China Pandarama


“I don’t even know how to use chopsticks,” I said to myself before I got on the flight for Beijing. I had an interest in going to China that was started back in 2008 with the attention brought about by the Olympic Games; so despite being unfamiliar with the chopsticks or cuisine I was gung ho for an adventure in China.

My first stop was the city of Chengdu, which is the capital and hub of the Szechuan province. With my sparse knowledge of Mandarin – stemming from a cut-and-dry 5-week crash course I took over 5 years ago – I set out to explore this destination for 3 days prior to starting a small group trip with G Adventures.

Language barriers are becoming easier to cross in China. There are adequate resources for the English speaker, including subway systems across the country with fully bilingual signage and announcements.  On the other hand, finding locals who speak English can be difficult. When taking a taxi obtain the address in written form before setting out and you should have no problems. Hotel staff can assist with this.

For my time in Chengdu the top priority was to see a panda bear. This area of China is world famous for panda bears. I visited the Panda Research Base, an enormous facility dedicated to research and reproduction of pandas. So I was able to see everything from babies to juvenile and adult species. I also saw red pandas. It is also possible to hold a baby panda for a donation to the facility. If you wish to hold a panda, arrive early to avoid disappointment. I was there a few hours after opening and they were already fully booked for that day.

Szechuan is also known for its cuisine. This is the spiciest food in all of China, so prepare your taste buds. Perhaps the best morsel of food I ate in Chengdu was a Tibetan kabob. I honestly don’t know what the protein was on the stick, but it was grilled on an open flame, squirted with oil, and finished in a spice rub. I had never tasted Tibetan food before, but was in love with these kabobs. I even went back later in the day for some more!

G Adventures: China Express

After Chengdu, I returned to Beijing for a whistle-stop, one-week tour with G Adventures. I was amazed at how much of China we were able to compress into a 7-night itinerary.

In Beijing, the first activity was a smorgasbord of Chinese foods and chance to meet the rest of my group. We were so excited to see the Great Wall of China in the morning. Our group was only 9 people, so a great size for sitting around to enjoy food and conversation.

The sections of the wall that are better to visit, due to fewer crowds, can be several hours outside of Beijing. We left at 7am and arrived just around 9am. I took a cable car up, walked for about 2.5 hours on the wall, and then took a go-kart to the bottom. It takes time to walk on the great wall, and going in October with the change of season made for beautiful scenery.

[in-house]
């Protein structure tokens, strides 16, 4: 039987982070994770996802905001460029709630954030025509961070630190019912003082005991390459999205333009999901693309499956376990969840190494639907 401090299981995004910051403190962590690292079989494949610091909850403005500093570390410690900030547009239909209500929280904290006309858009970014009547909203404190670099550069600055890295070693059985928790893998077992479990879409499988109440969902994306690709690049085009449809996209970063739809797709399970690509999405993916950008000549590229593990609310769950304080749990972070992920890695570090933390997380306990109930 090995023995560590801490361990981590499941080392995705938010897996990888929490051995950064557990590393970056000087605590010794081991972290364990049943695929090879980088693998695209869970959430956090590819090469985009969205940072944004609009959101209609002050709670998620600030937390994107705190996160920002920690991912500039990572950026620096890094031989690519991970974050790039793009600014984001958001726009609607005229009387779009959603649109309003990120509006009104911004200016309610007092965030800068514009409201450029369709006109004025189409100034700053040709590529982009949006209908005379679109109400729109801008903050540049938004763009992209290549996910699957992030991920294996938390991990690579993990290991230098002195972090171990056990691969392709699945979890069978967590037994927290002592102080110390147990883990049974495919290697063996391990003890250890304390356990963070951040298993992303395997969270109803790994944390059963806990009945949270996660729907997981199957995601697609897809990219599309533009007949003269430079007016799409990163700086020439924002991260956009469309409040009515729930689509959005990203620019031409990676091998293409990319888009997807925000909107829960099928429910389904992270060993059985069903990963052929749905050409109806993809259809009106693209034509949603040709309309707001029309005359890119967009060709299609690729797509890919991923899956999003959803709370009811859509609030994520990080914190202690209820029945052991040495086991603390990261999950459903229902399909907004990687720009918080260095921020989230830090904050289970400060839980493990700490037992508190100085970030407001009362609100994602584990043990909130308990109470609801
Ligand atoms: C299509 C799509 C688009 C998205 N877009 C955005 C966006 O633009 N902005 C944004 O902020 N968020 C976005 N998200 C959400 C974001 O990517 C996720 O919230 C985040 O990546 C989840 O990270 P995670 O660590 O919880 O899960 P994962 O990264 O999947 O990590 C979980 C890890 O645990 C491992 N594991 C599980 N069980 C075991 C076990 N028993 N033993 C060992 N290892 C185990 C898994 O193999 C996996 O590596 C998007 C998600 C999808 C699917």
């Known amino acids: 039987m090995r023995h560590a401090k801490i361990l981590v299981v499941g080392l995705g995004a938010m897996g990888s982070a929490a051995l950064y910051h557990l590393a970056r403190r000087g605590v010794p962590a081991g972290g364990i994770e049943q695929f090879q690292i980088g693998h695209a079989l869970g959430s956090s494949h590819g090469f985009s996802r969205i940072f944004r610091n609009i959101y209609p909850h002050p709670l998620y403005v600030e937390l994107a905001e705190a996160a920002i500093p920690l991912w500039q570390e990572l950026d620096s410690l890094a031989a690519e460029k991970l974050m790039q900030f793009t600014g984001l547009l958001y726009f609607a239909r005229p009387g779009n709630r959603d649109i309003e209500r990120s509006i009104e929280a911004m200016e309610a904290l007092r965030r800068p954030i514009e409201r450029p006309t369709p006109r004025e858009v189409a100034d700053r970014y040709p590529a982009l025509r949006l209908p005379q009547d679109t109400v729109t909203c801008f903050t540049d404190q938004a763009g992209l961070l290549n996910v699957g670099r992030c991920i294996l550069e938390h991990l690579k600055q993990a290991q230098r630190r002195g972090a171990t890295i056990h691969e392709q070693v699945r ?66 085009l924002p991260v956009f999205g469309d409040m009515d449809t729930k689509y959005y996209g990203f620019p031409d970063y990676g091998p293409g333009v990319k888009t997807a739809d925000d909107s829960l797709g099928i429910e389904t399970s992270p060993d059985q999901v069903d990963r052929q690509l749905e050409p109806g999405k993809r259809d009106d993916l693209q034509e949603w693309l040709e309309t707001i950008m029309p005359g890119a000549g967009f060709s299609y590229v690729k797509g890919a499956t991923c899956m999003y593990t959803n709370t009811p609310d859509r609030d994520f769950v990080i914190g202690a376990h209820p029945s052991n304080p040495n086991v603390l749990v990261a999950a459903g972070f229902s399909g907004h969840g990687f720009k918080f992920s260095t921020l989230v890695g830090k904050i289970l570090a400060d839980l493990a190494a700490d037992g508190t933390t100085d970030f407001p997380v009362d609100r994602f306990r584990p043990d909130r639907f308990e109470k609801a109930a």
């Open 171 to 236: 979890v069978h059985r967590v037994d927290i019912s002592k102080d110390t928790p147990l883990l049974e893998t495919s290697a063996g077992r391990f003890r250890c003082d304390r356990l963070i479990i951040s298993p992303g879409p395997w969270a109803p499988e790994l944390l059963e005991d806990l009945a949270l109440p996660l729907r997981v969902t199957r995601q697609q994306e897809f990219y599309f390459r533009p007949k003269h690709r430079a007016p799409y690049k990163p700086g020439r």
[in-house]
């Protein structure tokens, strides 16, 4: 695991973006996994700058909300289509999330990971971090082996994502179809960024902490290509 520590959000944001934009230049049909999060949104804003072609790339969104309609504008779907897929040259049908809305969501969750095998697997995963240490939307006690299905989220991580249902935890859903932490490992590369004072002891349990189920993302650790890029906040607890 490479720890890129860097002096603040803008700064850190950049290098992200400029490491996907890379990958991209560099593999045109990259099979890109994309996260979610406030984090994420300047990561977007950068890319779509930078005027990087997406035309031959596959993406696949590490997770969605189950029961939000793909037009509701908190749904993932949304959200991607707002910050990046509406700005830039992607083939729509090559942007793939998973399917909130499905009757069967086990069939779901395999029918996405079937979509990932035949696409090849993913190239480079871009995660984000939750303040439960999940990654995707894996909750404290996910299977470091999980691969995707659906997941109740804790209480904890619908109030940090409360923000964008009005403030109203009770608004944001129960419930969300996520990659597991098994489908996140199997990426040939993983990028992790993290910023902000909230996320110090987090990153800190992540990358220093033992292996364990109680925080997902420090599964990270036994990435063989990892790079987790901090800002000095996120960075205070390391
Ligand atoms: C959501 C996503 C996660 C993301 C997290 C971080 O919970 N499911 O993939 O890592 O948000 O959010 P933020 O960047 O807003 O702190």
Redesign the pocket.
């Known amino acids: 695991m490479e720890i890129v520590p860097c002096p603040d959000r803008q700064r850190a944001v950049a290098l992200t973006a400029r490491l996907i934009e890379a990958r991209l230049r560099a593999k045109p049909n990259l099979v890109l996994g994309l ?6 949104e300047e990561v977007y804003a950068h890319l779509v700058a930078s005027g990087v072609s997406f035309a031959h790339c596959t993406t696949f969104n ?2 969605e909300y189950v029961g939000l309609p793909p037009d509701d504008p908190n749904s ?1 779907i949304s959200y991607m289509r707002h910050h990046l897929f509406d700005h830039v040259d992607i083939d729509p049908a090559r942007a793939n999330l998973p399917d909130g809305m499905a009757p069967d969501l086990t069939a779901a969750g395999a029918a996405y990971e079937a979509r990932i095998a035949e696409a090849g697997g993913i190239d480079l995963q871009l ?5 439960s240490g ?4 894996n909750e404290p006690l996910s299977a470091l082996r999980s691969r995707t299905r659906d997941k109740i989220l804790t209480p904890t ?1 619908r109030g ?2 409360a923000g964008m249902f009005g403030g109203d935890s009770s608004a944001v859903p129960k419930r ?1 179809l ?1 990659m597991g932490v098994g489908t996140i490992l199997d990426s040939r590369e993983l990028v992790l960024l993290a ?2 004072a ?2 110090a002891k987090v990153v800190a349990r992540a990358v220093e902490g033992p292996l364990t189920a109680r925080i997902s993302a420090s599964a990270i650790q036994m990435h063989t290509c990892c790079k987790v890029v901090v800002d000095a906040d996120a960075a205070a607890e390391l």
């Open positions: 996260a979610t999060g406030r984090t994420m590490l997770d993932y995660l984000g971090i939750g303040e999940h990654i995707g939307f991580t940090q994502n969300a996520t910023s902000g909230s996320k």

Returning to Beijing I took advantage of some downtime and spent the late afternoon at the Temple of Heaven. Then a group dinner with Peking duck, followed by a kung-fu show. Within 24 hours of starting my tour, G Adventures had already shown me so much of China!

Our second day in Beijing included visits to the famous Tiananmen Square and Forbidden City. For lunch we took a local bus to a hutong – which is an older quarter of Beijing with narrow alleyways and older styled homes. We had a local lunch, lots of appetizers to offer a range of tastes. Then we cycled around the hutong streets, getting a lesser-seen glimpse into everyday life in Beijing.


We then flew to Xi’an, a historic capital that is a popular stopping point for the Terracotta Warriors. We visited this museum, and a lovely surprise included a bike ride on the ancient city walls. We also experienced lots of local flavours: steamed pork buns for breakfast, and a dumpling buffet for lunch.

After an overnight riding the rails we disembarked in Suzhou, a city only a few hours from Shanghai, and absolutely worth the visit. It is known as the Venice of the East, as it is a city with a historic area built on canals. What makes these canals so beautiful is sailing down and seeing everyday life in China – children playing, chores getting done, people doing t’ai chi.


The final stop was the super modern and chic city of Shanghai. I absolutely loved Shanghai. The weather was warm, the city was easy to navigate, and is a juxtaposition of old and new China. Imagine walking down the French concession, dating back to when China first opened its ports to Western trade. To walking along the Bund and seeing futuristic skyscrapers showcasing China’s trade with the world today.

Shanghai also has wonderful shopping, dining, nightlife, and entertainment. One of the most spectacular things I did in China was to watch the Chinese Acrobatic Circus. What an amazing show of human feats that is beyond ordinary. I was on the edge of my seat the entire time. It was a great activity that was included with my tour.

I cannot speak highly enough of China and it is a destination I think everyone would enjoy. If you are ready to go to China, let me know so we can talk about your Chinese travel experience.

For more trips ideas, thoughts or insights before booking your next vacation, talk to a Merit Travel Consultant first.

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